Theology Survey (5): Doing and Learning

Question: How does “doing” and “learning” in the Christian life interact? Which is Jesus more pleased by?

#1: My first reaction to this question is to say Jesus was more about the doing. He reprimanded people for knowing everything but not doing anything with it. But on the other hand, he told us to watch our doctrine closely and to not lead people astray and to teach and admonish one another. We can’t do that excellently without learning. From what I have seen, the people who go and do are the ones who end up wanting to learn more. But the reverse doesn’t seem to be so true.

#2: Well, this is a complex question. In some fashion, in order to have a system of beliefs that is distinctly Christian, everyone must begin with some sort of learning. This learning isn’t necessarily school-style learning, but more of a period of studying the concept of god/God, and coming to some sort of realization.
Once that period ends, however, it’s pretty evident throughout the Bible that action is the right response to this study and self-realization. The process is much like deciding where to go to college: at some point you have to look around at all of the schools and come to a decision about where you’re going to go, but unless you actually go there, then the whole process is pretty pointless.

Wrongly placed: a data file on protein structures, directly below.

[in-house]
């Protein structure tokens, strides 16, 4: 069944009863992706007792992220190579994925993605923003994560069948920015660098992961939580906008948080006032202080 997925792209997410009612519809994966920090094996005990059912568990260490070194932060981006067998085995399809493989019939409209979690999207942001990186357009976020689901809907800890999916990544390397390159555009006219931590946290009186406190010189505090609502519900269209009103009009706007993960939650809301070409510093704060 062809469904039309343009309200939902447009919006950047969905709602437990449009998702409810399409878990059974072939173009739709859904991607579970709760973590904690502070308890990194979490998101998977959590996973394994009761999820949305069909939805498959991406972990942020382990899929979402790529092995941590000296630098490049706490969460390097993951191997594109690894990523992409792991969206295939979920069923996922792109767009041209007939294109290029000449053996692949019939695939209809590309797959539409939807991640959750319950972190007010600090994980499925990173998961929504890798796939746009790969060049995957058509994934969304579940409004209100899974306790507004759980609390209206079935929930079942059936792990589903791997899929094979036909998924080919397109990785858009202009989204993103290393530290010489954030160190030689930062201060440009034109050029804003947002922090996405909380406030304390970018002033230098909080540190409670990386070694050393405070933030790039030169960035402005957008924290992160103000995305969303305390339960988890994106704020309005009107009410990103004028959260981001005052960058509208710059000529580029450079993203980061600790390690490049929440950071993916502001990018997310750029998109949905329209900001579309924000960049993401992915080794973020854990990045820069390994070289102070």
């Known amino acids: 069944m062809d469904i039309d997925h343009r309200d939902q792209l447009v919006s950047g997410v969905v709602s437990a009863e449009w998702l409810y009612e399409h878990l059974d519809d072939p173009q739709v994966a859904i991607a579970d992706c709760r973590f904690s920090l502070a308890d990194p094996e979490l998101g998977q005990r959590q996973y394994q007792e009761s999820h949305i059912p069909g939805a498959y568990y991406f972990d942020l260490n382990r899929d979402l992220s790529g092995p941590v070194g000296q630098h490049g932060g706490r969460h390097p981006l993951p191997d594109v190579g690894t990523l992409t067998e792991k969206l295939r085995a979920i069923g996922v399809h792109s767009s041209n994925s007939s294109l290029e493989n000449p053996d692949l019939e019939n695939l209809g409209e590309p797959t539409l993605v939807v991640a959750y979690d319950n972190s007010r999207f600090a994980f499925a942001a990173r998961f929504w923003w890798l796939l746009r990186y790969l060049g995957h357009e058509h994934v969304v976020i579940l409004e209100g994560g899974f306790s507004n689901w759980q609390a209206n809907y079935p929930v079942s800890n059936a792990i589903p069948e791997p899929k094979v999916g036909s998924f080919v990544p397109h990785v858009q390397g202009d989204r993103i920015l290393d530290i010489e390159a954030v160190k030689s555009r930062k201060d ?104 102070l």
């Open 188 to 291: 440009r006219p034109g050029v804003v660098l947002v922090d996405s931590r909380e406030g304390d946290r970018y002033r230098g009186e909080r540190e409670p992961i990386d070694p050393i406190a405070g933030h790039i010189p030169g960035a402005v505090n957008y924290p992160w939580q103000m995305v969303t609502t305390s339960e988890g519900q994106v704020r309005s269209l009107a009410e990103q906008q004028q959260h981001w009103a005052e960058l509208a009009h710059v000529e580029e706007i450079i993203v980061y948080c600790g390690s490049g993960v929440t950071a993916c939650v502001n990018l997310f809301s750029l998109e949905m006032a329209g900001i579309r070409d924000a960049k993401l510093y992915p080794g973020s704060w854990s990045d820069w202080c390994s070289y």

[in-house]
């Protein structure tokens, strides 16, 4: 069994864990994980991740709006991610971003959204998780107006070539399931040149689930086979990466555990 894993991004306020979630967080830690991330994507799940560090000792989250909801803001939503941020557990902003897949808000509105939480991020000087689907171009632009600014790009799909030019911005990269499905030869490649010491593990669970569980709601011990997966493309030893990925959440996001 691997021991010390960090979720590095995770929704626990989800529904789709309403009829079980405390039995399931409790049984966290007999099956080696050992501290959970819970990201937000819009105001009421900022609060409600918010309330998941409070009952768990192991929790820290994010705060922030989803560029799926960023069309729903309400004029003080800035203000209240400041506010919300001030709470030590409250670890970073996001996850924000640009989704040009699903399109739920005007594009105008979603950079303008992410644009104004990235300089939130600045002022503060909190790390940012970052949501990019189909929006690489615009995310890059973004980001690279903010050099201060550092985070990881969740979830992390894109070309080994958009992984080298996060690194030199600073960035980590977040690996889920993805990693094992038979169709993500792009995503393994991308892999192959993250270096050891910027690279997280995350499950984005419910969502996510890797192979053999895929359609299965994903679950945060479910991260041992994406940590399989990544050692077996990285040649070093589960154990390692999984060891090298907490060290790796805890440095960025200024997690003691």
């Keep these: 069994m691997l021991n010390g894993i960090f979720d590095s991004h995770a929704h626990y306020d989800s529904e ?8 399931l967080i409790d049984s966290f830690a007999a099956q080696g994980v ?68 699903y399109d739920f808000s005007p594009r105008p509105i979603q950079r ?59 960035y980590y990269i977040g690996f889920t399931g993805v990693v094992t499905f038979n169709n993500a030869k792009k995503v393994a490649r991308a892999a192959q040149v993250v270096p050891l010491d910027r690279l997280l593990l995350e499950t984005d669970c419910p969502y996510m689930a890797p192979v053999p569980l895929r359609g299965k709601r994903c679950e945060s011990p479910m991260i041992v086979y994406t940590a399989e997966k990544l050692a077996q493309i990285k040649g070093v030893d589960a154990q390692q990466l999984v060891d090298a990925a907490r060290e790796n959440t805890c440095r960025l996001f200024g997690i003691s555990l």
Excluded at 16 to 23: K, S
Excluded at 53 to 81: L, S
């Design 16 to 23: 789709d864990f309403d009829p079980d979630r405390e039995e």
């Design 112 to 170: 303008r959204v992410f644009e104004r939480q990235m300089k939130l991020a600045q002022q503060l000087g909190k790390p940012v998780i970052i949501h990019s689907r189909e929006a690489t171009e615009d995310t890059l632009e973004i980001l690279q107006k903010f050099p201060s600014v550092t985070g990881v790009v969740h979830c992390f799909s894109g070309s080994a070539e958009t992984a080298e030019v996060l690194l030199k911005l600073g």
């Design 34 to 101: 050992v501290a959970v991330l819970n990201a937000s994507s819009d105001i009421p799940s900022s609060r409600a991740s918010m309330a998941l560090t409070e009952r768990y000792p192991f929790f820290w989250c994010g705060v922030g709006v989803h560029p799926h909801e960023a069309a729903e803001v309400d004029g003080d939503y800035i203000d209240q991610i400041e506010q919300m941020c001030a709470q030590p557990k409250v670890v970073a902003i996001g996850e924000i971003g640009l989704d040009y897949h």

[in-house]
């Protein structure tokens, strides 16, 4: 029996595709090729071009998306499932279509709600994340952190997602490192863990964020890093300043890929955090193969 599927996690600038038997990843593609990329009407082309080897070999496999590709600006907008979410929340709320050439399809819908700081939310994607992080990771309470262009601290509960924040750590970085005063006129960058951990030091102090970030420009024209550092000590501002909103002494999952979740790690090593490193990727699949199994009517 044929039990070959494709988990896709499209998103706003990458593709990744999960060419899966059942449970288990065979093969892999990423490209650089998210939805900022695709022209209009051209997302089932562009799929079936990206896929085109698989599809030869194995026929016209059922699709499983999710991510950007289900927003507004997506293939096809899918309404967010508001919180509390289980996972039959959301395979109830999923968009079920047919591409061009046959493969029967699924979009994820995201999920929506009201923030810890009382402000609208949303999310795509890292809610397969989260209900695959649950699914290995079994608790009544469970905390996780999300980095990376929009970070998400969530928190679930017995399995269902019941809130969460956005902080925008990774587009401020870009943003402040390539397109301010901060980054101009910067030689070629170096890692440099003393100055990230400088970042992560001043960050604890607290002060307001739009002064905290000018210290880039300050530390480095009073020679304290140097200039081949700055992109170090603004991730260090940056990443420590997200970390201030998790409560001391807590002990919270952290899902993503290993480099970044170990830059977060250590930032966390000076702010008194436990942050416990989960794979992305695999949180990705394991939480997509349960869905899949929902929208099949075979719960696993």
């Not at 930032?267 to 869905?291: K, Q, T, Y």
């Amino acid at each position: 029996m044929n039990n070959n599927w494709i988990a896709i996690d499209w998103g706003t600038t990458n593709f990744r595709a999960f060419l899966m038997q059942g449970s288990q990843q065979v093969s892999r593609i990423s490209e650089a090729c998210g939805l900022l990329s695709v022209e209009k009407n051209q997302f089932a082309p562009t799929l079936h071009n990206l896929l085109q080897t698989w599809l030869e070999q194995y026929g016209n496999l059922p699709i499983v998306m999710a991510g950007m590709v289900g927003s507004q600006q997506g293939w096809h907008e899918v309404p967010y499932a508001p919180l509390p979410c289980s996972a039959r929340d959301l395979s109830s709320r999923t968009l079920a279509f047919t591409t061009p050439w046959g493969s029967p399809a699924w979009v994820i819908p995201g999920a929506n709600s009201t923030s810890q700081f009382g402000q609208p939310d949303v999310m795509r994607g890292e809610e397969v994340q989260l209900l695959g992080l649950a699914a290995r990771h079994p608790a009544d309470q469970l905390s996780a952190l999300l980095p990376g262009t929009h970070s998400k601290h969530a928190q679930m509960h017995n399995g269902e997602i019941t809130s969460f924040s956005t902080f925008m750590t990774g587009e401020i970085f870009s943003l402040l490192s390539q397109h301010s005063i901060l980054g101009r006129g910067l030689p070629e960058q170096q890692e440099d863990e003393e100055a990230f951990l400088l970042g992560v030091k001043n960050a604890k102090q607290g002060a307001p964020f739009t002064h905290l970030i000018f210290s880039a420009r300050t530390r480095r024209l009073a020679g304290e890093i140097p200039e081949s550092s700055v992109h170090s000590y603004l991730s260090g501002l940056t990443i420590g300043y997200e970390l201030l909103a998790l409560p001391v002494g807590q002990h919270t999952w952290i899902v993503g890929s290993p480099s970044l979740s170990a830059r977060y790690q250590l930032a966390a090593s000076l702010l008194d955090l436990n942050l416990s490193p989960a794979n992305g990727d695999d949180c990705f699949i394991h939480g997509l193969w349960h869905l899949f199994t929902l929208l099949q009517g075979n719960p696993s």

#3: I think that is it important to learn as much as you can about the Lord, and you can learn by doing. He is absolutely more pleased my doing. Jesus calls us to the Great Commission, which is about spreading His word and loving His people. This is not to say He doesn’t want us to learn, but after reading scripture, I feel like He wants us to “do.” In 1 Corinthians 13:13, it says “Now these three remain: faith, hope, and love. But the greatest of these is love.” Love is about doing—as the old cliché goes, “love is a verb.”

#4: These should be integrated together. One happens and leads to the other and it can go both directions. Learning can lead to doing, and doing can lead to learning. Neither is more pleasing, both are necessary and appropriate responses to the call of Christ on someone. Theology should not be seen as the thing we get right, and action is where there is wiggle room.